Business History Review has published an important piece titled “Reframing Chinese Business History” by Adam Frost. This is another example of business history becoming more international to engage more with research on under-represented areas. The article is now available online and open access (see abstract and link below).
OHN will take a break over the holidays, and we wish you a merry Christmas, happy winter holidays, and fingers crossed for the new year, wherever you are!
Business history is expanding to include a greater plurality of contexts, with the study of Chinese business representing a key area of growth. However, despite efforts to bring China into the fold, much of Chinese business history remains stubbornly distal to the discipline. One reason is that business historians have not yet reconciled with the field’s unique origins and intellectual tradition. This article develops a revisionist historiography of Chinese business history that retraces the field’s development from its Cold War roots to the present day, showing how it has been shaped by the particular questions and concerns of “area studies.” It then goes on to explore five recent areas of novel inquiry, namely: the study of indigenous business institutions, business and semi-colonial context, business at the periphery of empire, business during socialist transition, and business under Chinese socialism. Through this mapping of past and present trajectories, the article aims to provide greater coherence to the burgeoning field and shows how, by taking Chinese business history seriously, we are afforded a unique opportunity to reimagine the future of business history as a whole.
Access the article here.
Sponsored by the Hong Kong Institute for the Humanities and Social Sciences, The University of Hong Kong
Chinese Business History – the study of the historical development of business and entrepreneurship in China – saw its beginnings as a field during the 1980s when scholars in China and abroad started to probe the historical origins of the rapid rise of Chinese entrepreneurs and businesses after China’s Reform and Opening Up. Between the 1980s and early 2000s, the field grew steadily and produced several important research monographs and collaborative research projects. While individual scholars of Chinese history have continued to work on matters relating to business, entrepreneurship and commerce, collaborative research in the field has become largely dormant during the past two decades. This not only reduced interactions among scholars working on Chinese business history but also resulted in a dearth in efforts to answer collaboratively larger questions about the historical development of Chinese entrepreneurship and synthesize individual studies to move the larger field forward. Moreover, too little interaction exists between scholars of Chinese business history and business historians working on other regions of the world.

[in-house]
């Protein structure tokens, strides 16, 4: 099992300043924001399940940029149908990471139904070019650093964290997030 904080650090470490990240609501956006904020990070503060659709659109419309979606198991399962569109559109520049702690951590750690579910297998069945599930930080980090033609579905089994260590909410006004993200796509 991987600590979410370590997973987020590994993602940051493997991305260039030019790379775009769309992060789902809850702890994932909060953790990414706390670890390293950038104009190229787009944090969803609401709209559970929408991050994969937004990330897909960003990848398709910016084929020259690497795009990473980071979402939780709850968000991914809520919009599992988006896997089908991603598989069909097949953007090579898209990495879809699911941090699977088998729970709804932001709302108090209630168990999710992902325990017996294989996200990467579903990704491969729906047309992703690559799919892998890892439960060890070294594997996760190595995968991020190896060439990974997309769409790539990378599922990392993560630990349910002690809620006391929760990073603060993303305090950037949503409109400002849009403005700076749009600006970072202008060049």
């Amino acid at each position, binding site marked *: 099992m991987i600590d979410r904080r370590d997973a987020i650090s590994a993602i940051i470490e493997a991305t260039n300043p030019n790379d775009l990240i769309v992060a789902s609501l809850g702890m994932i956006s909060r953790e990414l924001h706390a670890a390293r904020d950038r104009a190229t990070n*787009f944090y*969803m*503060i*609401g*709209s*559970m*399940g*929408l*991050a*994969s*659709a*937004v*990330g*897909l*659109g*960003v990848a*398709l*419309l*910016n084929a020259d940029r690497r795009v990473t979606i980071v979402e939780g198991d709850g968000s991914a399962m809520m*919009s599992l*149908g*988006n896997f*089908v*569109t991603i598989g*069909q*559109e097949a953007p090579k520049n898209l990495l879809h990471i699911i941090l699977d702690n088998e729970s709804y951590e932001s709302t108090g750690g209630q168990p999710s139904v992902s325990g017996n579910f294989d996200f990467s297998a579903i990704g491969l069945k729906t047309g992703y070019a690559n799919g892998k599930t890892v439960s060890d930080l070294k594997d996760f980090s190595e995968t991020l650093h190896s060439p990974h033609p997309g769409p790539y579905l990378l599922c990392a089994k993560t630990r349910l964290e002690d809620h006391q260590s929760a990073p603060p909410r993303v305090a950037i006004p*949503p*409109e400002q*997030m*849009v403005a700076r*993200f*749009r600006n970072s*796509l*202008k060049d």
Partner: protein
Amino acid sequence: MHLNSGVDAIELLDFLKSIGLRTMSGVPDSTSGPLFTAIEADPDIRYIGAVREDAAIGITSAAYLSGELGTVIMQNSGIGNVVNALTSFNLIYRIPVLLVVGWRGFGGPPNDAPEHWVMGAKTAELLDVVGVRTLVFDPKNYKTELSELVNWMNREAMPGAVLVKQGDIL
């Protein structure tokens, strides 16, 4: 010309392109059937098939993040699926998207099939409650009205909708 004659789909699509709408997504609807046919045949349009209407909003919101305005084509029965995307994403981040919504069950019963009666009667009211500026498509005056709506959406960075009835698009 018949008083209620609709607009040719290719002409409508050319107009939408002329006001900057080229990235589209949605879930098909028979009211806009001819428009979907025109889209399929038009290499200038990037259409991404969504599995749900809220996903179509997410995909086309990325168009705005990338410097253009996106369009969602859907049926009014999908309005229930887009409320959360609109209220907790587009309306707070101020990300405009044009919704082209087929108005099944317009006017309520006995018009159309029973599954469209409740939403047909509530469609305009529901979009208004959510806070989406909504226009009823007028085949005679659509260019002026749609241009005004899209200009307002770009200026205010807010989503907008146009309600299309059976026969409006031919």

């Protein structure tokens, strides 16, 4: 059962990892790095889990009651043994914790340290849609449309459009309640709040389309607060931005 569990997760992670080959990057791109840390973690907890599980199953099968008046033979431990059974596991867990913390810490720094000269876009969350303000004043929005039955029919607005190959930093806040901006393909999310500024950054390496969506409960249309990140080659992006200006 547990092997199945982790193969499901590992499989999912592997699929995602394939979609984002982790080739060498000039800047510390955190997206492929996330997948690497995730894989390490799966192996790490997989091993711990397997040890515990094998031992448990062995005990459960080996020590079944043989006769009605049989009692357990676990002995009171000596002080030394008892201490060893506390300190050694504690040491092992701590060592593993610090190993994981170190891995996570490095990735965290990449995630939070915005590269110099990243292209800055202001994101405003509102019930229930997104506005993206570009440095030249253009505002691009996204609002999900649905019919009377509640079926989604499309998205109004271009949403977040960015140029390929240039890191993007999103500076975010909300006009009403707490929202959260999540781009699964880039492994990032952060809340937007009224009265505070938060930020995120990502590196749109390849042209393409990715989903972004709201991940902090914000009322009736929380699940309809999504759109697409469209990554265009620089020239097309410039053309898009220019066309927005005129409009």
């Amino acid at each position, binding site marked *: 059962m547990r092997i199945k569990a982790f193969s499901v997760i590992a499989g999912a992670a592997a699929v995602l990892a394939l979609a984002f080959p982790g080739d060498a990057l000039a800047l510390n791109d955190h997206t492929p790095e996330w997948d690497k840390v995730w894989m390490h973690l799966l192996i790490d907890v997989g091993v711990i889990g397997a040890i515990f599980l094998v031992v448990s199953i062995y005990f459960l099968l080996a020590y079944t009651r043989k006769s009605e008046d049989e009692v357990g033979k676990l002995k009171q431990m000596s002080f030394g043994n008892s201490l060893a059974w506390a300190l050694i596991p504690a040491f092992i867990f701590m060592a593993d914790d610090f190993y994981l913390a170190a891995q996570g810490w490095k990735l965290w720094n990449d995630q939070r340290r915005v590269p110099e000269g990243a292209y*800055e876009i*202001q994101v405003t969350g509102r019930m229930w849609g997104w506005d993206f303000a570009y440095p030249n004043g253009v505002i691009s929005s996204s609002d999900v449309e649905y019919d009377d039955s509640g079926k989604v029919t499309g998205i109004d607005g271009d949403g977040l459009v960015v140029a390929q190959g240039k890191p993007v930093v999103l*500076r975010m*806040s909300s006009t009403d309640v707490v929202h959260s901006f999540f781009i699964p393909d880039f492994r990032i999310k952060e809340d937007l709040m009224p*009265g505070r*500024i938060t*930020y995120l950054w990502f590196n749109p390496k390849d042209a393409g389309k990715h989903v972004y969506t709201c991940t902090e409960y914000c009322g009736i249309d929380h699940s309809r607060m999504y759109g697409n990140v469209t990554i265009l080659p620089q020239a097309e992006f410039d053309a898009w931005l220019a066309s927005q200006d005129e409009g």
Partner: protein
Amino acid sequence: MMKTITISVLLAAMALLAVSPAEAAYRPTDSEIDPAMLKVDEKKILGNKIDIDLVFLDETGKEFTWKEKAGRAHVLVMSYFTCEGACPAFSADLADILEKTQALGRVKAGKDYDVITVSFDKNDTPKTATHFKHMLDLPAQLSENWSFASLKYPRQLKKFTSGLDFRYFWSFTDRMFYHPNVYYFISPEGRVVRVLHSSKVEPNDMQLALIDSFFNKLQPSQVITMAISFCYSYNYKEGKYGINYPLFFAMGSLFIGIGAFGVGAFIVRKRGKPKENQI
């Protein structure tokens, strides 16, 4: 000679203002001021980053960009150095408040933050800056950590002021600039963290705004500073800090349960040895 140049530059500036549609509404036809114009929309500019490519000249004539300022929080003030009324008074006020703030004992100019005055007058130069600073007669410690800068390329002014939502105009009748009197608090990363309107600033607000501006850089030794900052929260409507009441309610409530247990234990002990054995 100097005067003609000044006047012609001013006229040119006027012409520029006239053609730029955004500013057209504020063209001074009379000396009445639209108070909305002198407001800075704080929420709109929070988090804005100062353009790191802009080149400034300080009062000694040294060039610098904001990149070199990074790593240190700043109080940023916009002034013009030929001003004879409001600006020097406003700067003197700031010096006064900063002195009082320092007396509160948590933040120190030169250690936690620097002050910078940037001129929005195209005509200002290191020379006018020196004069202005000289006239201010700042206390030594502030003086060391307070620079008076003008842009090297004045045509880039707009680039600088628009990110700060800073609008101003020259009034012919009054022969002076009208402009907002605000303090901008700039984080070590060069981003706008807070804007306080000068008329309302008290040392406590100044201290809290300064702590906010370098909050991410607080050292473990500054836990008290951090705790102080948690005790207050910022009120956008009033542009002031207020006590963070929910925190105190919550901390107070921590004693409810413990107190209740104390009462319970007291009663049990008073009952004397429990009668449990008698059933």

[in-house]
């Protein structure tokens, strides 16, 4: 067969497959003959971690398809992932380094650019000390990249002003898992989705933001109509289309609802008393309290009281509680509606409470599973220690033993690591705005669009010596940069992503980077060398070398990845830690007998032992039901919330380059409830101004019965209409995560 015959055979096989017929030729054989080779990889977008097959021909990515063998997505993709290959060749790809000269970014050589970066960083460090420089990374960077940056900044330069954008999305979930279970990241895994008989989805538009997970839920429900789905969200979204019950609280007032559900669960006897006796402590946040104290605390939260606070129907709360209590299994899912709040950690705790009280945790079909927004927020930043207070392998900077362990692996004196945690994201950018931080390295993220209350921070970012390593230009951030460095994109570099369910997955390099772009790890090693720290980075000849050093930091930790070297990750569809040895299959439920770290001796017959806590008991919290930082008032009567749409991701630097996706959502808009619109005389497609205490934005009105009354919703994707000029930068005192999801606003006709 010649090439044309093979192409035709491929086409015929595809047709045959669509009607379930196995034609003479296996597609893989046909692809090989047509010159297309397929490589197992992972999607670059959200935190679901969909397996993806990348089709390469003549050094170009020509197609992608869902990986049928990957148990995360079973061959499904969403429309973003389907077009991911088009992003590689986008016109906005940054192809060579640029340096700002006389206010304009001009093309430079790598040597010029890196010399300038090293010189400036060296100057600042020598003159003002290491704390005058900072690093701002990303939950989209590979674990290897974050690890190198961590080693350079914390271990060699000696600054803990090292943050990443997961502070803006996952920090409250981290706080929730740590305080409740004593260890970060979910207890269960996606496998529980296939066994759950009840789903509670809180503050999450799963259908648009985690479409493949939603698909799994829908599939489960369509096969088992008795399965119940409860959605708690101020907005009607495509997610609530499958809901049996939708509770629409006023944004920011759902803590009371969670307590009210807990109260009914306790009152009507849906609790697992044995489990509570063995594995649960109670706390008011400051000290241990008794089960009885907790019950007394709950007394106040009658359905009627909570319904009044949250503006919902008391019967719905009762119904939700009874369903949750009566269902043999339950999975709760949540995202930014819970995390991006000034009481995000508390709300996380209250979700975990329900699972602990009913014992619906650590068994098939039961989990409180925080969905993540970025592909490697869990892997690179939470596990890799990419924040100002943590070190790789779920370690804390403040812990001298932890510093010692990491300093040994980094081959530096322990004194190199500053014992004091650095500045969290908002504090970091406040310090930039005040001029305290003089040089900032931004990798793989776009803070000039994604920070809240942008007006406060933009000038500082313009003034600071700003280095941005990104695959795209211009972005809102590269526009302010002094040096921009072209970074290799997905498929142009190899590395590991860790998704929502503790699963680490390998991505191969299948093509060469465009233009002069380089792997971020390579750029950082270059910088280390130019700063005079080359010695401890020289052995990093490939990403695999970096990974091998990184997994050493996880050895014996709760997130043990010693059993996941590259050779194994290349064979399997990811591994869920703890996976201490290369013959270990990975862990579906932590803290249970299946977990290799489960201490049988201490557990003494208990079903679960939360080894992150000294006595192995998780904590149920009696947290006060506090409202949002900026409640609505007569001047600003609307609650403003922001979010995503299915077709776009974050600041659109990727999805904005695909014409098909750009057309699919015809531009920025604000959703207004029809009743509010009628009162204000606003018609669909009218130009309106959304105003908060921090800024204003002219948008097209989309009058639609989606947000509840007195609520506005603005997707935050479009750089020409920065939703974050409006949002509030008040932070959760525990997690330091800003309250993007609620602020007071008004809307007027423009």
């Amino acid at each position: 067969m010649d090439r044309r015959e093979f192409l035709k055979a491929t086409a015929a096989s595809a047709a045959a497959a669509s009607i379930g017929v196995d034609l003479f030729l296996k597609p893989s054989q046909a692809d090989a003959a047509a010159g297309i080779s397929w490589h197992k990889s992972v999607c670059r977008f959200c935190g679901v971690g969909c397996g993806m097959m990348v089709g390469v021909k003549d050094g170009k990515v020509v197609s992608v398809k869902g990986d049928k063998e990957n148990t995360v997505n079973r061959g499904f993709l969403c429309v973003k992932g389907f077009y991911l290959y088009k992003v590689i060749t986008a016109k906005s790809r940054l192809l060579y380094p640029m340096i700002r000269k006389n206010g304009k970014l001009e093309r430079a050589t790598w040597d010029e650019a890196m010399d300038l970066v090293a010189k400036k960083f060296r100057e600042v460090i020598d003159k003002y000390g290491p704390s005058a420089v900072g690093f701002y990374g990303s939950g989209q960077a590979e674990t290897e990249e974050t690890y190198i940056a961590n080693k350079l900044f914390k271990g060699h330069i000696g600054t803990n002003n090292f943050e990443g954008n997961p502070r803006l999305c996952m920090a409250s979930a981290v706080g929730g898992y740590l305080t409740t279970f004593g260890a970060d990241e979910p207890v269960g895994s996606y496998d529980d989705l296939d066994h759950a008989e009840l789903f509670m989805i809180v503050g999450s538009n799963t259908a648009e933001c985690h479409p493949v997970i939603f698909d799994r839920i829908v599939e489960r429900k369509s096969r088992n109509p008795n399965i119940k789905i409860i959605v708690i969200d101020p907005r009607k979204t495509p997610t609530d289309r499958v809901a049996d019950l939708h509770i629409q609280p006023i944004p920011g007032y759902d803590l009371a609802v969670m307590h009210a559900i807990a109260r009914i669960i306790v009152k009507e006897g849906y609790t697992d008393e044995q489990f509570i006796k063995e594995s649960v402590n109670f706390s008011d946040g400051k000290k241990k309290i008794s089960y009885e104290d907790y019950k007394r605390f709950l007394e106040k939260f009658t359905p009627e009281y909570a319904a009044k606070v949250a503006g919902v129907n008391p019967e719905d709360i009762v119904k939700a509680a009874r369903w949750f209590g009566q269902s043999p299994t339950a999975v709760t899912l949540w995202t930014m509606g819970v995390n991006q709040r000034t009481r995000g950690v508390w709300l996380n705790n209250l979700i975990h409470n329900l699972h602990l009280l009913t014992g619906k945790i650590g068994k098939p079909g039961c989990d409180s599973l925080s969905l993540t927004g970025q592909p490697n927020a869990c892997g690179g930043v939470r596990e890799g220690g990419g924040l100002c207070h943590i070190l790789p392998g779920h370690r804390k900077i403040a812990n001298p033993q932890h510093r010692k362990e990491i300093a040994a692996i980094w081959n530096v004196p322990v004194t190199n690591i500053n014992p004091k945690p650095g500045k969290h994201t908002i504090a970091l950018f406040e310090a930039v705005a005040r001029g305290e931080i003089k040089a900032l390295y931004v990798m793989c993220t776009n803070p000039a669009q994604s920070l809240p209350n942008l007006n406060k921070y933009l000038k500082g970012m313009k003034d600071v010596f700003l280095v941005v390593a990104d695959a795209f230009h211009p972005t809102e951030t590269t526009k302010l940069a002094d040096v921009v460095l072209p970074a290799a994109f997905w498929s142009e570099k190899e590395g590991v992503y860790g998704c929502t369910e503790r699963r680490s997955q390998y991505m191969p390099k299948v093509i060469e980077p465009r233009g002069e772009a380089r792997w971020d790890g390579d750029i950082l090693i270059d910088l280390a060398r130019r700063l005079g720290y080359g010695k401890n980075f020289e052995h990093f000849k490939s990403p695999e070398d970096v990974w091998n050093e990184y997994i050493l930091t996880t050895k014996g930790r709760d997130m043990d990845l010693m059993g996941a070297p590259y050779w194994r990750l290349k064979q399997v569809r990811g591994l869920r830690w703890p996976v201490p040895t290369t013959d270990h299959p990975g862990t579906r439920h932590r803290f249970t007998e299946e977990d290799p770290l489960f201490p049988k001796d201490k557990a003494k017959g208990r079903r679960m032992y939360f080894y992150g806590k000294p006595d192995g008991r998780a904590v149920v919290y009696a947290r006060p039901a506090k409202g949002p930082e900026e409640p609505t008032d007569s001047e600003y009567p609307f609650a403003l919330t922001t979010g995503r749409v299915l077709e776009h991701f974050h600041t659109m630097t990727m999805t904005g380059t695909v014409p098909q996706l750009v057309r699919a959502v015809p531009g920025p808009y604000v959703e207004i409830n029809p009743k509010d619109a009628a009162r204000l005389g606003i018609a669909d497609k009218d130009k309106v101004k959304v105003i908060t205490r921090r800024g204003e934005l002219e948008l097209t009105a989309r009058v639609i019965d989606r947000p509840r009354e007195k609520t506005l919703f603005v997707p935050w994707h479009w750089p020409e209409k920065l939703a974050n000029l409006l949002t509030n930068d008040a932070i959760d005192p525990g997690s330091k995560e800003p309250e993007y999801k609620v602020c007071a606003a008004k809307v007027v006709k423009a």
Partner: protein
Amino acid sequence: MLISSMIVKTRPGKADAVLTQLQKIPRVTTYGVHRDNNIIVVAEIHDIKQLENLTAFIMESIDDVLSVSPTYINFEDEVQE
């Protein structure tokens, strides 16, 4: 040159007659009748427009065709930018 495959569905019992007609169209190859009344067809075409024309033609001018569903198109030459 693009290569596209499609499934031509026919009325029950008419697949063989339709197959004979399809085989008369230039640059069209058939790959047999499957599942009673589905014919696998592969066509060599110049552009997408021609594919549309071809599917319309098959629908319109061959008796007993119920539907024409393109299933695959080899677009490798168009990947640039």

This one-day pre-meeting workshop aims to both bring together Chinese business historians and facilitate discussion between business historians working on China and those working on other regions. We particularly encourage graduate students and early career scholars to submit their papers. Proposals should include a 250-words abstract and a bio of no more than 200 words and should be sent to firstname.lastname@example.org by 7 November 2021. This proposal process is separate from the proposal process of the annual meeting and papers should be distinct from those submitted to the annual meeting (though submitting a separate paper to the annual meeting is not a requirement).